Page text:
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I did actually say the quote that is going around, but the article contained vital context -- we don't know what proportion are symptomatic. Also we have only a rough estimate of what proportion of symptomatic people will have severe outcomes.
Why do I think a pandemic is likely? The infection is in many parts of China and many countries in the world, with meaningful numbers of secondary transmissions. The scale is much larger than SARS for example (where the US had many introductions and no known onward transmission)
Why do I think 40-70% infected? Simple math models with oversimple assumptions would predict far more than that given the R0 estimates in the 2-3 range (80-90%). Making more realistic assumptions about mixing, perhaps a little help from seasonality, brings the numbers down
pandemic flu in 1968 was estimated to _symptomatically_ infect 40% of the population, and in 1918 30%. Those likely had R0 less than COVID-19. Below is from stacks.cdc.gov/view/cdc/11425
What could make this scenario not happen? 1) conditions in Wuhan could be so different in some fundamental way from elsewhere that we are mistaken in expecting further outbreaks to have basic aspects in common. No reason I know of to think that but a formal possibility
2) There could be a higher degree of superspreading than has been appreciated ("dispersion in R0") which could mean that many locations outside Wuhan could "get lucky" and escape major onward transmission. hopkinsidd.github.io/nCoV-Sandbox/D… .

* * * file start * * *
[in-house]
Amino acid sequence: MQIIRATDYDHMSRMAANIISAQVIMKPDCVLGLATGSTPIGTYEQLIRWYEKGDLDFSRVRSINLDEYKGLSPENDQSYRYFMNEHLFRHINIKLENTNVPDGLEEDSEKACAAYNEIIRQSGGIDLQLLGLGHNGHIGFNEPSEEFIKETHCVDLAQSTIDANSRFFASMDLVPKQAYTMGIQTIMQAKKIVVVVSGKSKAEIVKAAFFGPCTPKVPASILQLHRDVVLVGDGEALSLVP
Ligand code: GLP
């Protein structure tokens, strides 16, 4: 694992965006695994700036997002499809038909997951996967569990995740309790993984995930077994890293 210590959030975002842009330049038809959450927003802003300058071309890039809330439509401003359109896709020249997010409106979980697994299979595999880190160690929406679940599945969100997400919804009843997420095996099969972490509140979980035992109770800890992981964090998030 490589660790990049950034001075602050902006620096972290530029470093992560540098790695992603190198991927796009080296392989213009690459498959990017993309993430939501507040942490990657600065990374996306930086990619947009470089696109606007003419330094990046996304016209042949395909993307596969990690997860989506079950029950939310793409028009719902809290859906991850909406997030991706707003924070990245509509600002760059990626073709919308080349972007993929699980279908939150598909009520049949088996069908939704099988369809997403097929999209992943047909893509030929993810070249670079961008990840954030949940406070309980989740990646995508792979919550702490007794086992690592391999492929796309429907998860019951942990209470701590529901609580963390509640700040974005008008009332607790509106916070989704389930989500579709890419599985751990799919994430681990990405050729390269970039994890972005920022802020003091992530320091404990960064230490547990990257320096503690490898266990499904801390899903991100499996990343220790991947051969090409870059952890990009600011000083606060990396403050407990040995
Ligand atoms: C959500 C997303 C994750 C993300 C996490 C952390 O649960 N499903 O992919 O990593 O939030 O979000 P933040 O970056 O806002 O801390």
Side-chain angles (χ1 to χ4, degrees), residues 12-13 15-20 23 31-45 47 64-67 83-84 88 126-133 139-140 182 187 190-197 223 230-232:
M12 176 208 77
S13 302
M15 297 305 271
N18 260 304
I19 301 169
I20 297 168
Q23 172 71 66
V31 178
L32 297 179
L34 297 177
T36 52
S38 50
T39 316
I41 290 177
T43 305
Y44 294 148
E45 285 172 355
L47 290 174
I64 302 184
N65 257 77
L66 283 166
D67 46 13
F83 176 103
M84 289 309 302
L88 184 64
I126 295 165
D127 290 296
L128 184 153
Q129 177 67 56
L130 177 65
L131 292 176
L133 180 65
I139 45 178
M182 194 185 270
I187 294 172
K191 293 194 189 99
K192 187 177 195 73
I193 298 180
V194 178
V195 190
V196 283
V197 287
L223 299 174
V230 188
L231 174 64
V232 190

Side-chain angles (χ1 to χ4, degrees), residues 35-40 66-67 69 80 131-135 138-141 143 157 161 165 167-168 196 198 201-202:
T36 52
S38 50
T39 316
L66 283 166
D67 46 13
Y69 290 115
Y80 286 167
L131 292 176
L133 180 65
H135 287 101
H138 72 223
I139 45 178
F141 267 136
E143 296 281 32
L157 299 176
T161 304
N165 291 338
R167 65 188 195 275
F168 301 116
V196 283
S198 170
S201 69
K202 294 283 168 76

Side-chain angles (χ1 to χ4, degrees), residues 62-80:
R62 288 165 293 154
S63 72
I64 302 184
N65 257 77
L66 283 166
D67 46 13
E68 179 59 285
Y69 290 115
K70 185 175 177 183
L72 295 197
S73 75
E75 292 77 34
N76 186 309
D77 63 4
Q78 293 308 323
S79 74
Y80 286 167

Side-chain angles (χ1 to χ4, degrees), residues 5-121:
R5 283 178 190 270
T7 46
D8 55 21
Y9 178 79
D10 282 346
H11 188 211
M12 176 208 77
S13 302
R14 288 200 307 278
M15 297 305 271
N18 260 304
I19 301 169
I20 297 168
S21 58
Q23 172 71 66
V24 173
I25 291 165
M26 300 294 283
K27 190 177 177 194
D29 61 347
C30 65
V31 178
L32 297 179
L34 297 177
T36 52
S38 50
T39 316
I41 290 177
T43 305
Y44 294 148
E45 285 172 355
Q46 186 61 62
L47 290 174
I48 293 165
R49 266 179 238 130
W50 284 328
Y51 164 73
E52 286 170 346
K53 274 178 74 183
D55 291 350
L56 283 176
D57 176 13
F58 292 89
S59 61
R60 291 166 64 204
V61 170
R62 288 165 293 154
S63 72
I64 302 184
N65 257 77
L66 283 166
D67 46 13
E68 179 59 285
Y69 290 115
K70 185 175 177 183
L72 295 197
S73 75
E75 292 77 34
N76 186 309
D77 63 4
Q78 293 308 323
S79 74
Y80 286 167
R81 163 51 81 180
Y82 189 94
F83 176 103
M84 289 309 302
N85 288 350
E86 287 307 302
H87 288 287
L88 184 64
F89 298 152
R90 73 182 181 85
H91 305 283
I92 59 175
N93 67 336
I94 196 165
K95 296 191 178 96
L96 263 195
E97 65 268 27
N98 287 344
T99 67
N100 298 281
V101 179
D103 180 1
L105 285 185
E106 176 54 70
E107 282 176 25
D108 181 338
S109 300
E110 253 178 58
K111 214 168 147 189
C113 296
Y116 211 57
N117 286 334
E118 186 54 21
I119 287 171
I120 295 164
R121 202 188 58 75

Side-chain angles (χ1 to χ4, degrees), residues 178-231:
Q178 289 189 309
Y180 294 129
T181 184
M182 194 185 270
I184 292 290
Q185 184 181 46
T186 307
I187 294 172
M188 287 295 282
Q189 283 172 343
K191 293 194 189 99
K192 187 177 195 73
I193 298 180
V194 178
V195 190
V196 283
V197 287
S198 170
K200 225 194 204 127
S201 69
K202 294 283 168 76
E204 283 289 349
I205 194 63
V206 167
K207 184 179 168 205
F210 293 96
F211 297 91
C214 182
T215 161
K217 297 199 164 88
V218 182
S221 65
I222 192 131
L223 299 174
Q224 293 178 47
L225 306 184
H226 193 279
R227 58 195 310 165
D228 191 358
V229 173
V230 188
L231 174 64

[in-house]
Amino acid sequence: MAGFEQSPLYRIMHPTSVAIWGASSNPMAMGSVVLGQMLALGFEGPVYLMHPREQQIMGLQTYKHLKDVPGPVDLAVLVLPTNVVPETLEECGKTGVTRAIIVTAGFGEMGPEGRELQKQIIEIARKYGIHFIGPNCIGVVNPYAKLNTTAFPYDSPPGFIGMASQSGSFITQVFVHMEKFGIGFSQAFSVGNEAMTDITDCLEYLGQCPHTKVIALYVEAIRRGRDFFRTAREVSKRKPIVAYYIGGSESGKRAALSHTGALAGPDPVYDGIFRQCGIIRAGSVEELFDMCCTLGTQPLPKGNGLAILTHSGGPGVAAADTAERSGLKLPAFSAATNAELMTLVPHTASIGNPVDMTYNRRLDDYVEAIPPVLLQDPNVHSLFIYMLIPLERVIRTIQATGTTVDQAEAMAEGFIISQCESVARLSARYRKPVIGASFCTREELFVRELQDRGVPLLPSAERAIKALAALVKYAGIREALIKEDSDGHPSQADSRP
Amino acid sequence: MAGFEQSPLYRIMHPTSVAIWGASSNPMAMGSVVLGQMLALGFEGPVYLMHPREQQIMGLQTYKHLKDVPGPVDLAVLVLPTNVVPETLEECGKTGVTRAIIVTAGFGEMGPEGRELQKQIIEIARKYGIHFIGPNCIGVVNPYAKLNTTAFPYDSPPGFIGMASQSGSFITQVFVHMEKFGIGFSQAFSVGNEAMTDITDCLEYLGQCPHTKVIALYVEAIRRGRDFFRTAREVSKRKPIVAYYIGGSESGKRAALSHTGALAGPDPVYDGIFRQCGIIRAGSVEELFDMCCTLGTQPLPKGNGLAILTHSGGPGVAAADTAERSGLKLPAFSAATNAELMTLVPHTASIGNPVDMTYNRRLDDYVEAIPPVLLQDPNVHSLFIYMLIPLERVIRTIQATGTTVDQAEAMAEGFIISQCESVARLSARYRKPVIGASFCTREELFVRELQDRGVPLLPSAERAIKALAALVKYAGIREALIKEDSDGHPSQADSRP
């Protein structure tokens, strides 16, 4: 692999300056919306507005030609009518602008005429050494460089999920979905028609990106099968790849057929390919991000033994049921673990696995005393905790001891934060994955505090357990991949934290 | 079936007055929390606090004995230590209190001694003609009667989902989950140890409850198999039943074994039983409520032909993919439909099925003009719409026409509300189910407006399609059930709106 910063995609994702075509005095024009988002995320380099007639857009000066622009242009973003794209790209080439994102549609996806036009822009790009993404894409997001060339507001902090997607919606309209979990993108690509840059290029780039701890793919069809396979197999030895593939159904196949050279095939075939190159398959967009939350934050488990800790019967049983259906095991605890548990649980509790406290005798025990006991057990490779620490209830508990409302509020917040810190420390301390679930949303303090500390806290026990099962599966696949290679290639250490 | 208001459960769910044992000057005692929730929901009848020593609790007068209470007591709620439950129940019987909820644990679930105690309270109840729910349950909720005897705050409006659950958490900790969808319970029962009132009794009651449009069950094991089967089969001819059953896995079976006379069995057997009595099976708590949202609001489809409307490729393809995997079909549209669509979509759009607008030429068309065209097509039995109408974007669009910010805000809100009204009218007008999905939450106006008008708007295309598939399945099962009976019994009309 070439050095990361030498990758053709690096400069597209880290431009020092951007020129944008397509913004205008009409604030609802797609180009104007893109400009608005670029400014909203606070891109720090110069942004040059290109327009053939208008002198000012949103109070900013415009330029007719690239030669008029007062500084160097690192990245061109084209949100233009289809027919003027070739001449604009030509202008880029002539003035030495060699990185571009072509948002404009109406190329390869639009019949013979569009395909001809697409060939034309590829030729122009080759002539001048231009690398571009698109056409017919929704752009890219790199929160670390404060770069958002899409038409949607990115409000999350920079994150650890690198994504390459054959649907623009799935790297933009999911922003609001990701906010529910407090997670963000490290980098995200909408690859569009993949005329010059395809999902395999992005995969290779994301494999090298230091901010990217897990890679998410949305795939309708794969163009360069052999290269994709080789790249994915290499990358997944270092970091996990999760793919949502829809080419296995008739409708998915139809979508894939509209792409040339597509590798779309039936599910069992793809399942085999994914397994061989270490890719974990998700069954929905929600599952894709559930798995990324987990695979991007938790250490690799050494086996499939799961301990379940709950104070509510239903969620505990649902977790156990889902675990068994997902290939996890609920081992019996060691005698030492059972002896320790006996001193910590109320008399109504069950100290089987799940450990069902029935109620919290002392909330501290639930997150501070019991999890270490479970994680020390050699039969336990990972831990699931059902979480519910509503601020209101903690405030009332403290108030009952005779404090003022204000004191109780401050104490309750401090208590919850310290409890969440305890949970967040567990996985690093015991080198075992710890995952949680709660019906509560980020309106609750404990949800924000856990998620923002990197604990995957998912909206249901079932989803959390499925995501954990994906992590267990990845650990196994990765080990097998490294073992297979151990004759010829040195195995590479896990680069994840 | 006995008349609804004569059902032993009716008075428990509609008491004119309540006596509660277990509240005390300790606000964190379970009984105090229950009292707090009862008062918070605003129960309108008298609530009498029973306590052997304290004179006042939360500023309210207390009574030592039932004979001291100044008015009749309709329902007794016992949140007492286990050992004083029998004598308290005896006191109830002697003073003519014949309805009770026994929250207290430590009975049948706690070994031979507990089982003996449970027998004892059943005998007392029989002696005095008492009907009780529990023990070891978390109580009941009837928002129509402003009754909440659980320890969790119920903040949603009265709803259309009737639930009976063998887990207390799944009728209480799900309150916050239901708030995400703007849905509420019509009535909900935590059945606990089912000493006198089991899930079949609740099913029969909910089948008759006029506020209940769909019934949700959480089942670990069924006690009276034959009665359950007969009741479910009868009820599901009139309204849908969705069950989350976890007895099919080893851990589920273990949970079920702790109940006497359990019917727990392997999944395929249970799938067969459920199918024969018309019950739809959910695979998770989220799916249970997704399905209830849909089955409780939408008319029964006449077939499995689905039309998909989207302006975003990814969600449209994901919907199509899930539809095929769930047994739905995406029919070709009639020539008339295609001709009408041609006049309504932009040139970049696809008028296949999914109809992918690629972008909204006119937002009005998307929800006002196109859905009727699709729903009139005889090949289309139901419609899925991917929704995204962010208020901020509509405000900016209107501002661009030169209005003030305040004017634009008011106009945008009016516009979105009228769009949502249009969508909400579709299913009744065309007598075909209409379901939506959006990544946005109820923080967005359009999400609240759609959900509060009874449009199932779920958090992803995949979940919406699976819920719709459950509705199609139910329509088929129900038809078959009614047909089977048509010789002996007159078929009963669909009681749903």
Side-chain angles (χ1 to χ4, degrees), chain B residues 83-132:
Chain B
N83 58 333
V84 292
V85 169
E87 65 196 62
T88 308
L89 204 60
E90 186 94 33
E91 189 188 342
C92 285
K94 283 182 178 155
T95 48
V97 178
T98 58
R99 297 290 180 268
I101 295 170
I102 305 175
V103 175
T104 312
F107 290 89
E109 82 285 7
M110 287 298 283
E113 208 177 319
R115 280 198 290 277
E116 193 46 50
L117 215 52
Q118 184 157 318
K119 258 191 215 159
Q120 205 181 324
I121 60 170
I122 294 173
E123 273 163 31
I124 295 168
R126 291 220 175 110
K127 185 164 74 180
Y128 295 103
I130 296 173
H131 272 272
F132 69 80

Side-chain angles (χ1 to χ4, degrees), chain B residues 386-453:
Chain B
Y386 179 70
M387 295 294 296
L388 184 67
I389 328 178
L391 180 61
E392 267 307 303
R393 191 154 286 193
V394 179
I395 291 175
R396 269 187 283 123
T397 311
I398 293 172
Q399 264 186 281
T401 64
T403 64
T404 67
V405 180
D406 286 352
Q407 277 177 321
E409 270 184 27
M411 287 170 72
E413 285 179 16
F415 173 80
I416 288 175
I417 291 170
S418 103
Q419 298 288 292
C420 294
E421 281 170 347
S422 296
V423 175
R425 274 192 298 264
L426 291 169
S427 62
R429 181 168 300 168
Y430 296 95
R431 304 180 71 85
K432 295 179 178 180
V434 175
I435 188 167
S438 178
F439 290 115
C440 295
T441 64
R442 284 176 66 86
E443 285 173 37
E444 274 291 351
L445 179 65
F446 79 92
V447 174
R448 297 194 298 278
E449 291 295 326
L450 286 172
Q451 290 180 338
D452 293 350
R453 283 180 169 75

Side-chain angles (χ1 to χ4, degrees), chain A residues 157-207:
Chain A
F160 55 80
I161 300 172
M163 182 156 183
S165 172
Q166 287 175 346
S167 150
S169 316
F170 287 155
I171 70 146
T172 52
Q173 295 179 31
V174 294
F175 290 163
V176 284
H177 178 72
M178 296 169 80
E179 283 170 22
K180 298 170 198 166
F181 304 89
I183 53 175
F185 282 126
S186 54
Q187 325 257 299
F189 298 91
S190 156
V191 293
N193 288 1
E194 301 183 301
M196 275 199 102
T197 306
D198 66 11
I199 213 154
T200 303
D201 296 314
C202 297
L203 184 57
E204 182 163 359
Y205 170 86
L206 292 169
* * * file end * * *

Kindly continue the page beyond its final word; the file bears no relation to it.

This seems the most likely way a pandemic might be averted, but given the number of countries infected and likely missed imports in many of them medrxiv.org/content/10.110… that seems a lot to hope for
3) Control measures could be extremely effective in locations that have had time to prepare. Maybe in a few, but seems unlikely that is the case in all, especially countries with stretched health systems.
4) Seasonal factors could be much more powerful at reducing transmission than we currently expect. That doesn't help the Southern hemisphere, and is not consistent with behavior in China (preprint in queue from @MauSantillana et al.)
@MauSantillana So that's my reasoning. It is as tight as I can make it and is an effort to use the science as we have it to make our best estimate about the future. Predictions can be wrong and I very much hope this is, but better to be prepared.